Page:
Perhaps the extension of the suffrage to women would not actually bring about a decenter, cleaner, more humane civilization–at least, not quickly. It hasn’t done so in Colorado; it hasn’t done so in Australia. But, considering the immediate rather than the ultimate ends of the suffragist crusade, it must be plain that the fair propagandists would stand a far better chance of making converts if they addressed themselves wholly or chiefly to the women upon whom man-made laws and customs bear most harshly today—to those women, in brief, who are expected to be both good mothers and good jackasses.

The Lady could get nothing with the ballot that she cannot get today without it, and if she has any intelligence at all (which sometimes happens) she soon spies out that fact, and so her enthusiasm oozes away, or is transferred to lingerie hats, pseudo-Ibsenism, the New Thought or some other vapid thing. But the woman worker might get something very real at the polls—to wit, relief from that cannibalistic industrial system which now capitalizes her dire need. I don’t say that she would infallibly or even probably get any such release, but only that she might possibly get it—and by way of that possibility, given eloquent preaching, the suffragettes have their only route to real converts—to converts, that is, who will be so far in earnest that they will be willing to face, not only soiled gloves and shiny noses, but death itself for the cause.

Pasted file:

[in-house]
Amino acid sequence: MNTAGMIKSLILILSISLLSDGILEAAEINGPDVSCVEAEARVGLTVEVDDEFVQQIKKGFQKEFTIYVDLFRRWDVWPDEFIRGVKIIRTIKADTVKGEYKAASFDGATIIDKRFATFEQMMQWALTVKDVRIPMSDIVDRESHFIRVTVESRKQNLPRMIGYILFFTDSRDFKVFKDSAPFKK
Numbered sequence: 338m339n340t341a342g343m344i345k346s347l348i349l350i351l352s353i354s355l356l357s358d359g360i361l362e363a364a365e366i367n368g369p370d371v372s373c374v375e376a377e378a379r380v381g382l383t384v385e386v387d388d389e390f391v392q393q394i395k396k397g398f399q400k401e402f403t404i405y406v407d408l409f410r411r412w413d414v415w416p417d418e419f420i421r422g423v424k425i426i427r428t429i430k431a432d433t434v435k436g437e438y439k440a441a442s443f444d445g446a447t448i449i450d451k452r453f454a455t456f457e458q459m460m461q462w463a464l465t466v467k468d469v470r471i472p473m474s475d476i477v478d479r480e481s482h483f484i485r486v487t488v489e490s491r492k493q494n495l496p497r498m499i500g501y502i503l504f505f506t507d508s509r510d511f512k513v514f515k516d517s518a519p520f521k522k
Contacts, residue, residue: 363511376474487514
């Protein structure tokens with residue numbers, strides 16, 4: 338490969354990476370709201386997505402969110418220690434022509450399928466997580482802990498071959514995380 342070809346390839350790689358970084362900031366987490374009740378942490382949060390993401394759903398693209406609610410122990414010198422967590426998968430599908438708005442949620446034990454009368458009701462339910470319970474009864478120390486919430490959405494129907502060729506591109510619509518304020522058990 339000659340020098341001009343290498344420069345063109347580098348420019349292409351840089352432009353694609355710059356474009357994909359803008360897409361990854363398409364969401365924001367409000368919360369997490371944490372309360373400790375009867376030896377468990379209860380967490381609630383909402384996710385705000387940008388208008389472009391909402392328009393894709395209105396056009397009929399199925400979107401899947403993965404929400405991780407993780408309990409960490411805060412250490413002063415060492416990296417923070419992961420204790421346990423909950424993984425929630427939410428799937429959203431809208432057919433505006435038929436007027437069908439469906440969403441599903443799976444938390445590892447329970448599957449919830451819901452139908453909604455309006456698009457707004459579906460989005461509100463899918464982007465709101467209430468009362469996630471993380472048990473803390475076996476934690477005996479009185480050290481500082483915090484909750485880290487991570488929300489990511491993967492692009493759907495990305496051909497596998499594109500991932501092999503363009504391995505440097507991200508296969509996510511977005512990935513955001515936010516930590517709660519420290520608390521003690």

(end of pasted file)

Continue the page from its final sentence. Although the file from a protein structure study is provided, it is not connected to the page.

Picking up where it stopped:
Stir up the factory girls, ladies, if you want to do trade! When you talk to them of oppression, they will understand what you mean.

Let us now, brethren, consider typhoid vaccination as a scheme of health and life insurance. Health first. There are in Baltimore about 3,000 cases of typhoid a year, and so the average Baltimorean’s chances of taking the disease are is 1 is to 200, or thereabout. It costs, at the lowest, about $200 to have typhoid, which means a general per capita tax of $1 a year. By submitting to vaccination the individual Baltimorean may reduce his own liability from 1 in 200 to about 1 in 3,000, and so reduce his potential share of the annual tax, or, rather, his liability to the annual tax, from $1 to 7 cents, a saving of 93 cents. But it costs from $3 to $10 to be vaccinated and the resultant immunity, it is probable, lasts no longer than three years. Let us assume that the average cost of vaccination is $6. In return for this expenditure what does the individual get—in money? He gets three times 98 cents, or $2.79. Is the game worth playing? I leave the answer to those who are learned in the mathematics of gambling.

Now as to insurance against death. There were in Baltimore last year 235 deaths from typhoid. Thus the individual Baltimorean’s chances of dying of the disease were as 1 is to 2,375. Assuming this risk to be constant, it appears that vaccination can reduce it to 1 in 36,500, and hold it thus for three years, at a cost of $1.67 a year. Is that a fair price for the insurance obtained? Once again I must yield the door to the actuaries.

The dictionary of synonyms for bald-head:

Glass Top, Sliding Place,
Fly Rink, The Casino,
Reflector, Dome,
Ingersoll, Mount Dandruff,
Hurricane deck, Promontory,
Mont Blanc, Beach.

H. L. Mencken